Despite all that I still love this film.

I recently grabbed the reissue of John Harrison’s excellent score courtesy of Waxwork Records. Putting this on the turntable I was reminded how much I really liked the music in this film. When it starts playing I’m instantly taken to those scenes. The opening scene of Dr. Sarah Bowman’s nightmare, to the title sequence with Tom Savini’s handiwork, to the scenes with Bub re-learning to be human again; the score was a very visceral experience for me. It’s the sort of thing that hits you like something locked away in your subconscious for years that’s set free at the drop of a needle.

Before I oversell this thing, let me first say it’s definitely a dated score. The film came out in 1985 and the soundtrack shows. There’s lots of 80s keyboard tones here. Some of these motifs could have been stand ins for 80s network TV melodramas, but don’t judge it on that. It’s all well done. Harrison made a career out of working with George Romero, having been a Pittsburgh guy himself. He seems to have locked into what Romero needed for his films. As well as Day of the Dead, he scored Creepshow and Tales From The Darkside: The Movie, as well as serving as executive producer on Romero’s Survival of the Dead. He had a lifelong connection with the king of the Dead, so he added just the right touches to Day. It’s a very warm score; human, even. It goes a long way to help add humanity to a lot of living characters that come across as dead inside as the zombies they’re hiding from.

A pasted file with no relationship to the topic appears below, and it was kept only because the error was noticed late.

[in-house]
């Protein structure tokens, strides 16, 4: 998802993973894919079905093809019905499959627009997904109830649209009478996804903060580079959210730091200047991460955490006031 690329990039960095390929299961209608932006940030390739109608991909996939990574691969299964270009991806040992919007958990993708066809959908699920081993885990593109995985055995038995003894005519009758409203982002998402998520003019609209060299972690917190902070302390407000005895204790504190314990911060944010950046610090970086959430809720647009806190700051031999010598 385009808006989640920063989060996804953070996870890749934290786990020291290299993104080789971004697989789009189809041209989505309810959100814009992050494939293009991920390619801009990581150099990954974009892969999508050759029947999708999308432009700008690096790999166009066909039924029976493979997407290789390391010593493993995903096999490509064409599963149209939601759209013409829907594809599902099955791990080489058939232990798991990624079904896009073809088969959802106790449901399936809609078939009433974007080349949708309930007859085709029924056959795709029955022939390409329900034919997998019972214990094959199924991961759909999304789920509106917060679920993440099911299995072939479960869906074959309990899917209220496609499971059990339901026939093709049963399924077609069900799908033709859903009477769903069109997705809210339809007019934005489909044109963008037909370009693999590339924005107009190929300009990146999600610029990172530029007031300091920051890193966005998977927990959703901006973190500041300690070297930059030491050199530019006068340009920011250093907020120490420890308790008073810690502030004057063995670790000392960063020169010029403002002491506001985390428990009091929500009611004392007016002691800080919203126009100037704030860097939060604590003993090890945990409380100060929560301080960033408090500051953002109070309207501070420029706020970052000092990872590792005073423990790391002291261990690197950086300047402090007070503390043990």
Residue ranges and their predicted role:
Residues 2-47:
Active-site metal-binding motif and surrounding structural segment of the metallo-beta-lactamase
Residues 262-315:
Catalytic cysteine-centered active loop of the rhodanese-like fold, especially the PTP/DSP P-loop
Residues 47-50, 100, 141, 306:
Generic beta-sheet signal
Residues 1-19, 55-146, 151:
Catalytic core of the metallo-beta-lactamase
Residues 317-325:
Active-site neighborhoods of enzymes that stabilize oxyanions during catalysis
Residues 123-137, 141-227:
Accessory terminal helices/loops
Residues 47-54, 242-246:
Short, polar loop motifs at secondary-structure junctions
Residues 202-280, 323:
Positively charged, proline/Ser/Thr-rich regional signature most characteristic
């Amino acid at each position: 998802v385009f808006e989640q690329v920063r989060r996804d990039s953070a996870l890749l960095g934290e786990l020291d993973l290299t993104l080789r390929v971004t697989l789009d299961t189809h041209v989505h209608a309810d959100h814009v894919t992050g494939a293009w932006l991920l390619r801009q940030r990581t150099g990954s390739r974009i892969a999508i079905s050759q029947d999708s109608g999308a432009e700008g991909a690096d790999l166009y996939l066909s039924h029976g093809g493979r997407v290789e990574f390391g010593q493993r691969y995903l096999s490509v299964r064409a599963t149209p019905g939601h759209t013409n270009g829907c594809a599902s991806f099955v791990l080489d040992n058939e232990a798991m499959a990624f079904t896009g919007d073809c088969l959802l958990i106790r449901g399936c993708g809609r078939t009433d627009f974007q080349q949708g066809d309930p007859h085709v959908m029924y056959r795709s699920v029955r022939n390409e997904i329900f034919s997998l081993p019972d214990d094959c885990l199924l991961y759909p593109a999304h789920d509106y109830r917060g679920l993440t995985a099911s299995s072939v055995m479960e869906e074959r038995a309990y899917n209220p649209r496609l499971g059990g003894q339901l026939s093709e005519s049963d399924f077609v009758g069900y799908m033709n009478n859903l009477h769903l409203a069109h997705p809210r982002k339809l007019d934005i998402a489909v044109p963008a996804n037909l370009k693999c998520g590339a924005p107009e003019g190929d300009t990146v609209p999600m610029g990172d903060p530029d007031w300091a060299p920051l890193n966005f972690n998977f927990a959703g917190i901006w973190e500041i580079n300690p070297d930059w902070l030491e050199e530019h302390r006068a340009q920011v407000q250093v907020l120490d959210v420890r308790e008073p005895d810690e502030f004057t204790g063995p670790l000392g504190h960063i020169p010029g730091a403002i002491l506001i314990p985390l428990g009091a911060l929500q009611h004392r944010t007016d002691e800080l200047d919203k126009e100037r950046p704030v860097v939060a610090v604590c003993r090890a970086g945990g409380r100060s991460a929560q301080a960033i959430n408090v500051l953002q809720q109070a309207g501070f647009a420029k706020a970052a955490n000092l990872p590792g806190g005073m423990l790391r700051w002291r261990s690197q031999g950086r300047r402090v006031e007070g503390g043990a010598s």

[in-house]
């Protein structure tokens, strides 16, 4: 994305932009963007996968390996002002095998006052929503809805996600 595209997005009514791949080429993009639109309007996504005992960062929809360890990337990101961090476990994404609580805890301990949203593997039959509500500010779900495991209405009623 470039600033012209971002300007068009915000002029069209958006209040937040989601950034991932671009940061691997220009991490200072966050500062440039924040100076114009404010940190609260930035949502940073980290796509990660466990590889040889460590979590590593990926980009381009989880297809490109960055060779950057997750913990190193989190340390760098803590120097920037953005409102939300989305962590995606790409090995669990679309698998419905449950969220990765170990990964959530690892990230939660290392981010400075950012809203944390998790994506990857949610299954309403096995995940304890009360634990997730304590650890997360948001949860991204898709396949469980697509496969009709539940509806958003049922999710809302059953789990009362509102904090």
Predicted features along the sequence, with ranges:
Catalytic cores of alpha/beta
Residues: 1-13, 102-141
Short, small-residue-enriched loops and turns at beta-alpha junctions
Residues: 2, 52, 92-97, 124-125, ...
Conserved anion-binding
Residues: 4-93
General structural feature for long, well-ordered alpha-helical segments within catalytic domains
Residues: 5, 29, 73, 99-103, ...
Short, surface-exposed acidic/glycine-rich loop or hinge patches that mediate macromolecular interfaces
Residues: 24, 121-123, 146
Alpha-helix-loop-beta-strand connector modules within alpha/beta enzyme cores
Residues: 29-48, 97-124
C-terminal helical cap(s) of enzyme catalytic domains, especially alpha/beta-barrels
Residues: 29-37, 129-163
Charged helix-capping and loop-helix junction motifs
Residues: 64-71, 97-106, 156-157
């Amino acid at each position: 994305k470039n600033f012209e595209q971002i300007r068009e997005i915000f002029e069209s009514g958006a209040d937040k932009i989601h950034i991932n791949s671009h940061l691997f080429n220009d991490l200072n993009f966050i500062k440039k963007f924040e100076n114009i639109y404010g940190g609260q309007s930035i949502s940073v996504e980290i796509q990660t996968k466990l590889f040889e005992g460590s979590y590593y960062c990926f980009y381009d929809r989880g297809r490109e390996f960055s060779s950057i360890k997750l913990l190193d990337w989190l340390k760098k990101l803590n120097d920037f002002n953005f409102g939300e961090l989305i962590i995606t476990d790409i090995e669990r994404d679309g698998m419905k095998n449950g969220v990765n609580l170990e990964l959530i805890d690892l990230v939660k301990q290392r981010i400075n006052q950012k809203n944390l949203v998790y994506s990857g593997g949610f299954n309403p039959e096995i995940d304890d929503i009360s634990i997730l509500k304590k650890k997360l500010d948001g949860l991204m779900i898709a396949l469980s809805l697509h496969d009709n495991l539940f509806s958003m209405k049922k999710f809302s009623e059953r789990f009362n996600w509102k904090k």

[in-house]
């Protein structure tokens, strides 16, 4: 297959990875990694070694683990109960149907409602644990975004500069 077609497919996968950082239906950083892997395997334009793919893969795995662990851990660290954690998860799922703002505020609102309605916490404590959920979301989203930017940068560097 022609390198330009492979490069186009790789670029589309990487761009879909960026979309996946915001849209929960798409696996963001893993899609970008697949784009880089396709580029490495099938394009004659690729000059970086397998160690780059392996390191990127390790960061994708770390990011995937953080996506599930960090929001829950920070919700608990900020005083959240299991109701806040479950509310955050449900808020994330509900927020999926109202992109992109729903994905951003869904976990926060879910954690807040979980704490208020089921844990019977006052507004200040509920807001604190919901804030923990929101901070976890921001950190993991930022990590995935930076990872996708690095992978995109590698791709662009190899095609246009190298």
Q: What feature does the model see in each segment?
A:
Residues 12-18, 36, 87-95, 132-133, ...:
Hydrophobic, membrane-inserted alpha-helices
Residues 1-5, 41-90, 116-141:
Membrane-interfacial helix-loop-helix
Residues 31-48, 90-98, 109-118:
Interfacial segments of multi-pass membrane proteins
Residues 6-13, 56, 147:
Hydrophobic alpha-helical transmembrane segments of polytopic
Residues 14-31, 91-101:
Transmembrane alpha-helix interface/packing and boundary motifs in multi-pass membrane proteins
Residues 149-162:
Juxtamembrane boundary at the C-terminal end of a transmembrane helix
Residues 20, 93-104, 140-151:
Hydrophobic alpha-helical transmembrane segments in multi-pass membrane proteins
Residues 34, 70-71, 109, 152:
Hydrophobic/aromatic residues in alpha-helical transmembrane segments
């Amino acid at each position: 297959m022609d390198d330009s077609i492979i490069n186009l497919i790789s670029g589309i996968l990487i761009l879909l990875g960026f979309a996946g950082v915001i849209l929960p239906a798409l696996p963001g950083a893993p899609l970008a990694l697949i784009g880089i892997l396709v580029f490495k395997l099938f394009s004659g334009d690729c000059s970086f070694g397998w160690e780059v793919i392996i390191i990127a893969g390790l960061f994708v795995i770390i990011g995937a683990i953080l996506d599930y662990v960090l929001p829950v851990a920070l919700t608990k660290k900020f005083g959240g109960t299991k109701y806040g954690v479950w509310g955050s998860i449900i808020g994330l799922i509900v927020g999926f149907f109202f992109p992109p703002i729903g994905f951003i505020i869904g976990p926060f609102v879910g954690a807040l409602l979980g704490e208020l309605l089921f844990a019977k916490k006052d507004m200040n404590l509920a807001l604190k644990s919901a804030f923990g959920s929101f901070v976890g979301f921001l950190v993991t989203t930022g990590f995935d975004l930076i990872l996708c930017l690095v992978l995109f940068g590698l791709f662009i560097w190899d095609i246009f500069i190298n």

Though Day of the Dead didn’t turn out the way the late master of Horror wanted it to, it’s still a solid chapter in the zombie canon of George Romero. It also has some of the best gore from any film in the 80s thanks to Tom Savini. It’s also got one hell of a score by John Harrison.

October is finally here. Let the horror(of the cinematic variety) begin.

King of the Dead : George Romero 1940-2017

The first movie that ever truly got to me was George Romero’s Creepshow. At 10 years old I watched the George Romero/Stephen King horror collaboration and was more and more horrified as each story unfolded until we reached “The Crate” and I felt my blood run cold. Something about that scene where the college student goes under the stairs and is pulled into the aforementioned crate by the Tasmanian Devil and is gnawed on and killed. Blood running down his shirt as he’s pulled up into the crate to be a late night snack. That scene made my stomach curdle(and I hadn’t even gotten to the “bug” episode.)